On Tuesday, the Peruvian government announced the opening of Rubí, the largest solar power plant in the country that boasts over half a million solar panels in the southern city of Moquegua.
The driving force behind the initiative, ENEL, states that the plant’s cost of $170 million was funded by the multinational electricity provider and the European Bank of Investments. Rubí has a production capacity of 144.48 megawatts and is their first solar facility in Peru organised by ENEL’s subsidiary company ENEL Green Power Peru.
“The inauguration of Peru’s largest solar power plant is testament to our commitment to boost the development of renewables in the country, contributing to the diversification of its generation mix and increasing energy production from clean sources in Peru’s Southern region by 12 percent,” said Antonio Cammisecra, the head of Green Power Peru, on the organisation’s website.
The Ministry for Energy and Mining in Peru released a communique announcing that this is just the first step for a more modern Peru that will take advantage of its incredible potential for renewable energies. The Minister of Energy and Mining Angela Grossheim reminded those at the inauguration ceremony that President Kuczynski has set a goal to make sure that all families in Peru have access to electricity by 2021.
“Projects like Rubi contribute directly to the achievement of these goals,” said Grossheim on the MINEM announcement.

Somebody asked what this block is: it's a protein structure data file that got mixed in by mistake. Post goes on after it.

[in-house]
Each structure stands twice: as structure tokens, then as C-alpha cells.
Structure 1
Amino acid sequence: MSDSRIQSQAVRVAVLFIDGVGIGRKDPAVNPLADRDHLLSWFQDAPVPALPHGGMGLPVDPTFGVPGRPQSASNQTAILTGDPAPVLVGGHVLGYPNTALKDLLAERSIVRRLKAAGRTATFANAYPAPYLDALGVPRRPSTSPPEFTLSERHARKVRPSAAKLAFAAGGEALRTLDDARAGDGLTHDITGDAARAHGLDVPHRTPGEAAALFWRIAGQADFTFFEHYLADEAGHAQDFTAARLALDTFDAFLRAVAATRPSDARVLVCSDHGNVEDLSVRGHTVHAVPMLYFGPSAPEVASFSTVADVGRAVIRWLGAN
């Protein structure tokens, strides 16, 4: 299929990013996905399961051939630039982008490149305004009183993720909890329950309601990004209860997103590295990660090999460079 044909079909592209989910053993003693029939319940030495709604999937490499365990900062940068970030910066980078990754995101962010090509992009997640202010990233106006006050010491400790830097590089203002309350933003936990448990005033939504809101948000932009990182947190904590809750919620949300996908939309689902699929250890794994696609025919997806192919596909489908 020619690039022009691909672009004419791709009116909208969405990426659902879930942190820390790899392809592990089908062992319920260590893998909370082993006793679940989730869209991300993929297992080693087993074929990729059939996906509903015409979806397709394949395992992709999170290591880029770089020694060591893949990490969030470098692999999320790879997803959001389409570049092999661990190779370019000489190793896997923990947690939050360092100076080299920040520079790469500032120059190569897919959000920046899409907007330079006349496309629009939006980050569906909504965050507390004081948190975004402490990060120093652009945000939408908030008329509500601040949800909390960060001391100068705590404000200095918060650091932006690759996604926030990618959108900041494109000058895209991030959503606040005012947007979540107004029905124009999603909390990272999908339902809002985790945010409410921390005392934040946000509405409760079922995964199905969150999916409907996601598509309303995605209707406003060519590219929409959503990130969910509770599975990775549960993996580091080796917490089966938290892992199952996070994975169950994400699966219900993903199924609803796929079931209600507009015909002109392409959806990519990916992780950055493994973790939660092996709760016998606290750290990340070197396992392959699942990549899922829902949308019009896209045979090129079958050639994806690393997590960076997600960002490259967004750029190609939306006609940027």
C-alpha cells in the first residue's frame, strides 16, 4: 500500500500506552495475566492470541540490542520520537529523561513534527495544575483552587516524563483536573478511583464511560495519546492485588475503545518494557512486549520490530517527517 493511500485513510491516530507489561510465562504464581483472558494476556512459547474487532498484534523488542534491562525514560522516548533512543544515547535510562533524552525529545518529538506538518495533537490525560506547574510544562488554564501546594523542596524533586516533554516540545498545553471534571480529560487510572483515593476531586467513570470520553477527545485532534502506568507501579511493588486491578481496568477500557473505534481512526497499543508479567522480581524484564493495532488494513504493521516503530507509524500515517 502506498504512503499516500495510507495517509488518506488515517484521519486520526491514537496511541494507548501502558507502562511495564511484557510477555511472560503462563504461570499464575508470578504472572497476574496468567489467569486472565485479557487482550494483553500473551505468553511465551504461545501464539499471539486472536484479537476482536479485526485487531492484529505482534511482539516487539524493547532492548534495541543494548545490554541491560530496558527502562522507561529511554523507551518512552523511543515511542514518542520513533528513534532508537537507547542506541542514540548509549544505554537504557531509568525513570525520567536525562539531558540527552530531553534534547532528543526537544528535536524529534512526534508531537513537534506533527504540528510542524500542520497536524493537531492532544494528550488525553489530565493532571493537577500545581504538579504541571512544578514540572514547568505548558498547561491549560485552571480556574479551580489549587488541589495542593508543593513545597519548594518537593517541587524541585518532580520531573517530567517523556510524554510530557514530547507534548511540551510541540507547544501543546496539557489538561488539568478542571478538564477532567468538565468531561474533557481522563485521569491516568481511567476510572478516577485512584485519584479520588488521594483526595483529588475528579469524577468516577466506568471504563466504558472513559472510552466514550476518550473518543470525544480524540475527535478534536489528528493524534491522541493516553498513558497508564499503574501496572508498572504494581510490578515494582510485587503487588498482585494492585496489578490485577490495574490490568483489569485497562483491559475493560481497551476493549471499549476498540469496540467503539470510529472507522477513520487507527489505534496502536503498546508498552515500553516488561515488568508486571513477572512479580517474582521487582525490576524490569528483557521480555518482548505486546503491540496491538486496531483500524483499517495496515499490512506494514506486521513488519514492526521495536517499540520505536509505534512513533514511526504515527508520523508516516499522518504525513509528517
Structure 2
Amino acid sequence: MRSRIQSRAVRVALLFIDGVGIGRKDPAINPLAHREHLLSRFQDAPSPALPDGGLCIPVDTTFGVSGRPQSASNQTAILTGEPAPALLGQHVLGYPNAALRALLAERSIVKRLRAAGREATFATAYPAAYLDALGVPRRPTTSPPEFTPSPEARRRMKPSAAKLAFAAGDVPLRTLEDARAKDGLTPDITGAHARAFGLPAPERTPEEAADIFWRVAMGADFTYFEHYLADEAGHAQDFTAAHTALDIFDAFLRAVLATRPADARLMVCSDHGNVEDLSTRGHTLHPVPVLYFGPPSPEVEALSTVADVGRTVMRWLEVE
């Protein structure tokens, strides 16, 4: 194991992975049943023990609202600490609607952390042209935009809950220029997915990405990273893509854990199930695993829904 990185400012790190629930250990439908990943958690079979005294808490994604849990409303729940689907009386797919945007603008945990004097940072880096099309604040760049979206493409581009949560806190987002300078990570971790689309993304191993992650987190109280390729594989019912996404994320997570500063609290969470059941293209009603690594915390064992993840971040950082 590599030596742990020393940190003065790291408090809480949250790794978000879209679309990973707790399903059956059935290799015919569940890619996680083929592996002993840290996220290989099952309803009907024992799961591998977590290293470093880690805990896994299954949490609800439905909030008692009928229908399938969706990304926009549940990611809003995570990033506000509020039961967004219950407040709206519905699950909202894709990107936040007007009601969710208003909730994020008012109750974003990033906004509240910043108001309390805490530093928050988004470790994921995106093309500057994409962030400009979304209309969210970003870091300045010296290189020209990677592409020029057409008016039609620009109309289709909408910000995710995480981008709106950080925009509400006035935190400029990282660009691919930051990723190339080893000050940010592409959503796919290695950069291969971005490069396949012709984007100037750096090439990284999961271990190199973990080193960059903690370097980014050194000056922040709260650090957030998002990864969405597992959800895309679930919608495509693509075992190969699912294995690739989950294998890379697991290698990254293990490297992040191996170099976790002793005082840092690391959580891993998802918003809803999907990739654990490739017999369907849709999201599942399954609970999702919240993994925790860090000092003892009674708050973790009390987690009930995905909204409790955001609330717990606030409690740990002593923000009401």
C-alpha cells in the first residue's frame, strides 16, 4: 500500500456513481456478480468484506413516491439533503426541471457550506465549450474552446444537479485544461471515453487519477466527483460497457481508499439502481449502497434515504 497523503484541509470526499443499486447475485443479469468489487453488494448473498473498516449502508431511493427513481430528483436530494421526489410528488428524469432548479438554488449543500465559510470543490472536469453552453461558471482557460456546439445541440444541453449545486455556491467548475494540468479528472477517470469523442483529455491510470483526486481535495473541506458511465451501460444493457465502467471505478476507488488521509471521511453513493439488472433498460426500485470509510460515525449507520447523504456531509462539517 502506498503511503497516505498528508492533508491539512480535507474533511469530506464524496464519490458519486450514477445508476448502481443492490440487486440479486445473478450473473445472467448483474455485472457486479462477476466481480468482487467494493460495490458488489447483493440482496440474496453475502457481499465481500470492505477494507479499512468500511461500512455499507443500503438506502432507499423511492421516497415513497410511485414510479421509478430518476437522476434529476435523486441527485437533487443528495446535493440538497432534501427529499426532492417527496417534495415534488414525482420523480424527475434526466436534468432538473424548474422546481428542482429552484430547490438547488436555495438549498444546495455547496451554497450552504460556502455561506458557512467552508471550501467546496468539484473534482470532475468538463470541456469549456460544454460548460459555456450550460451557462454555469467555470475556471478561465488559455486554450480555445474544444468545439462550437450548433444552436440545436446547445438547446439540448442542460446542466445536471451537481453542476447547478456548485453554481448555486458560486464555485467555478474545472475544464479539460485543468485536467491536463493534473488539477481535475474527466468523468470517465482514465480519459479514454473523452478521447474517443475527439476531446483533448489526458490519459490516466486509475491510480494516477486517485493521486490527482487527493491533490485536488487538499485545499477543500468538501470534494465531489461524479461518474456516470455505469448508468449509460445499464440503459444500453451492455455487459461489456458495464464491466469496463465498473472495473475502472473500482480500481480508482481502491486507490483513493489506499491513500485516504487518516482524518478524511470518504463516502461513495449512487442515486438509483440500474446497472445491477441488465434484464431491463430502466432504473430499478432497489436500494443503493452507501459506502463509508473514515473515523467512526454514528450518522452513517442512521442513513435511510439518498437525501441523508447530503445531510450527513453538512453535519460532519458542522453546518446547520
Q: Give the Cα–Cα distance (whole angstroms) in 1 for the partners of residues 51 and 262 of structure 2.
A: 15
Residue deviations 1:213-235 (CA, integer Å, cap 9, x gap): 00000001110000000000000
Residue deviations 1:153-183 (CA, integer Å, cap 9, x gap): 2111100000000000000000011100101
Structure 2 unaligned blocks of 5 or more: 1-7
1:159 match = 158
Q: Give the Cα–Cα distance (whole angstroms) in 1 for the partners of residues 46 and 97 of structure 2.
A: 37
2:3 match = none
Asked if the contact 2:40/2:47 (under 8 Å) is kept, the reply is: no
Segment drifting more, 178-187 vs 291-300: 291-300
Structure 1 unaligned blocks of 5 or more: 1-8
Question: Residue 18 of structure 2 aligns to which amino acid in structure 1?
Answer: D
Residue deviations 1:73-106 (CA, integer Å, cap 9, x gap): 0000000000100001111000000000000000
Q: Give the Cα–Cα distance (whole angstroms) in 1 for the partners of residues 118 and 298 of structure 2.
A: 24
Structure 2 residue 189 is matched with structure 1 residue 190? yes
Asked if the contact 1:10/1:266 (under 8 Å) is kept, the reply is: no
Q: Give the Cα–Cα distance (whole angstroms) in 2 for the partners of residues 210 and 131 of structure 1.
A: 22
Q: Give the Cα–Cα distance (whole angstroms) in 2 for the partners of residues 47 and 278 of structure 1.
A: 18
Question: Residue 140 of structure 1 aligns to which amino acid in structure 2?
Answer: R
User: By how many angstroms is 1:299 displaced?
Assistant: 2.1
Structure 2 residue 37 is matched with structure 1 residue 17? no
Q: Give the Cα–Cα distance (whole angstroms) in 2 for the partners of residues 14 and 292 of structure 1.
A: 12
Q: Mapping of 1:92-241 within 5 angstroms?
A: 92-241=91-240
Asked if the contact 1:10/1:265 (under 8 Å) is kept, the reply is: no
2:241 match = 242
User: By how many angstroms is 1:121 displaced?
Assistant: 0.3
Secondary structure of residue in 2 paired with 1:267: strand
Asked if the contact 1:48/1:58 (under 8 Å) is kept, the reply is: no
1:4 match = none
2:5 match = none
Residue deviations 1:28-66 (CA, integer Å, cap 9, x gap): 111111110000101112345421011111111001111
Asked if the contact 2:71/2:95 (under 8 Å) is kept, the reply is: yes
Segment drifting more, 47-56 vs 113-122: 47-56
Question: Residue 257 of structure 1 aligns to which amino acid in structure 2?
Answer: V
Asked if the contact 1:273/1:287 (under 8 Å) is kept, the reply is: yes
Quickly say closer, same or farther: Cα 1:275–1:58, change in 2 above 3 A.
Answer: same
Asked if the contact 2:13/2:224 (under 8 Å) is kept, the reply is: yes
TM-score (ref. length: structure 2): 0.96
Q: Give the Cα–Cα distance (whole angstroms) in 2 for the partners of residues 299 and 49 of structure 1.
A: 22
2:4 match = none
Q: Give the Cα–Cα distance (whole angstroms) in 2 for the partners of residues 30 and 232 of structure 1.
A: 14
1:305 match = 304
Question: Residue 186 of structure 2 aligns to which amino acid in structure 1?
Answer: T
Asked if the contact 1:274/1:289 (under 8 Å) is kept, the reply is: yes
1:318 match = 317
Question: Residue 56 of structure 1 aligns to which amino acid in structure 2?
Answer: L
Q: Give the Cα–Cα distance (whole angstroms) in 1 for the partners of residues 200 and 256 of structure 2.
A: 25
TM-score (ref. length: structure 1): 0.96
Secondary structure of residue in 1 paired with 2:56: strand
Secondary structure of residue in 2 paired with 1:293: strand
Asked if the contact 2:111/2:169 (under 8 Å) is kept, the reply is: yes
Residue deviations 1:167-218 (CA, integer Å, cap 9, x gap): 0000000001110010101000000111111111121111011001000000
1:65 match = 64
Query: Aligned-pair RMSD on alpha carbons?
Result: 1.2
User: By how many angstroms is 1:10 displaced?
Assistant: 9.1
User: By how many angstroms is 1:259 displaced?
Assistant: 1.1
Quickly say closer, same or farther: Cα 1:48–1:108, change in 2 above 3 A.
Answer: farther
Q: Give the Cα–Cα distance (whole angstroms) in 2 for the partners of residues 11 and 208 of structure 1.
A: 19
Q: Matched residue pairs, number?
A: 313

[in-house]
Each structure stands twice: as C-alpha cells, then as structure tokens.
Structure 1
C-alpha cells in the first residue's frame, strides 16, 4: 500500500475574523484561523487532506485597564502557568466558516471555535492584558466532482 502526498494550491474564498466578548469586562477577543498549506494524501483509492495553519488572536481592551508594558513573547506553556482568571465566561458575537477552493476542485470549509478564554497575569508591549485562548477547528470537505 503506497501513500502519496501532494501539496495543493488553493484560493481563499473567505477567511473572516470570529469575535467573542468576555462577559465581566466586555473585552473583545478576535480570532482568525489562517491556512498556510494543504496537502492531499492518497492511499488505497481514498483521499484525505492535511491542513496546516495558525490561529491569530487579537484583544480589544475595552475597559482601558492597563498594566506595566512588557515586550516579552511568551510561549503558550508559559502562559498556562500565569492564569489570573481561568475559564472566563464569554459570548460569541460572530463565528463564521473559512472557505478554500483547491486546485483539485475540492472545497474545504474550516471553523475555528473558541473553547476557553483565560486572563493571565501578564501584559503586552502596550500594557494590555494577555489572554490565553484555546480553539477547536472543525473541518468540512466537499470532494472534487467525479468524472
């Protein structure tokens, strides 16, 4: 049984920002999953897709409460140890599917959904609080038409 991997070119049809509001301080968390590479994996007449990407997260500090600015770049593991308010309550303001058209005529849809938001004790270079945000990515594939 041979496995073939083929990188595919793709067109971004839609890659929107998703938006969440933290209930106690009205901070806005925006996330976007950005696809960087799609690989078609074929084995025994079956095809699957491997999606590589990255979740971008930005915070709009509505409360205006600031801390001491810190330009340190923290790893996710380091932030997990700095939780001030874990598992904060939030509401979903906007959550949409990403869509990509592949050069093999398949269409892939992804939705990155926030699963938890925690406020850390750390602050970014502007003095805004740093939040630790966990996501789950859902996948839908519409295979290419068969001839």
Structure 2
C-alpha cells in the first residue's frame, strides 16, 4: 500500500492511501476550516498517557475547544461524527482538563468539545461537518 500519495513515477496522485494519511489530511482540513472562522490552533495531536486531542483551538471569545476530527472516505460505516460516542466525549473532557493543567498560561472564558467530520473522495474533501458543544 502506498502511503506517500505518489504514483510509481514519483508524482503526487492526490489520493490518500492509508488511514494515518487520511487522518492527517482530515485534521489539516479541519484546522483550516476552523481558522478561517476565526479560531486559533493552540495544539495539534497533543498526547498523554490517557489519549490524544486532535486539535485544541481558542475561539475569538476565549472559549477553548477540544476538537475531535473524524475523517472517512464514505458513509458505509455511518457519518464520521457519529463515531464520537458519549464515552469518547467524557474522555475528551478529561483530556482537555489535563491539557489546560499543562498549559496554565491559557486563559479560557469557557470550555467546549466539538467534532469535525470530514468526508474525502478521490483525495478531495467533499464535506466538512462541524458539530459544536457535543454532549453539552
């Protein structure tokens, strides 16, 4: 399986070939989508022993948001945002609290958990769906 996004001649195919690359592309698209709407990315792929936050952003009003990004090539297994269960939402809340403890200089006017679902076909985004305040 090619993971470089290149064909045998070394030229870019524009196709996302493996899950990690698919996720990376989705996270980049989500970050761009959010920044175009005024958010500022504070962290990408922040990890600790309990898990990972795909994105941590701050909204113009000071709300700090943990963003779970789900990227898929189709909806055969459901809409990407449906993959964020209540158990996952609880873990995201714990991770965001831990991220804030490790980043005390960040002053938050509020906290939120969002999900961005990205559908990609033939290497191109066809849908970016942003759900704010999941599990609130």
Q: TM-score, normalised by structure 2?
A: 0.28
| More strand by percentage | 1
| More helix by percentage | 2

According to an article on Peru’s Catholic Pontificia University website, over 500,000 homes in Peru do not have access to electricity, which is much more prevalent in rural areas. Through the National Rural Electrification Plan, over 345,000 homes are expected to be provided with solar panels in the near future.
However, despite these advancements, Peru is still lagging behind its South American neighbours when it comes to renewables.
El Comercio attests that Chile, Colombia and Ecuador have forecast that 20 percent of their energy should be from renewable sources by 2025, whereas Peru has set itself the humble target of a 5 percent increase in the next five years.
Peru is also within the top 50 countries that produce the highest amount of carbon dioxide, according to Global Carbon Atlas, and with a current renewable energy production of 2.7%, Peru has a long way to go.
The UN Agenda 2030 for Sustainable Development hopes to improve 17 sustainable development goals throughout the world. In a UN information page on Peru, it highlights that of the 17 goals, those which the government has particularly taken action on are goal 1 on no poverty, goal 2 on no hunger, goal 3 on good health and well being, and finally goal 7 on affordable and clean energy, showing that although it starts at a disadvantage, Peru is taking steps to combat climate change and pollution.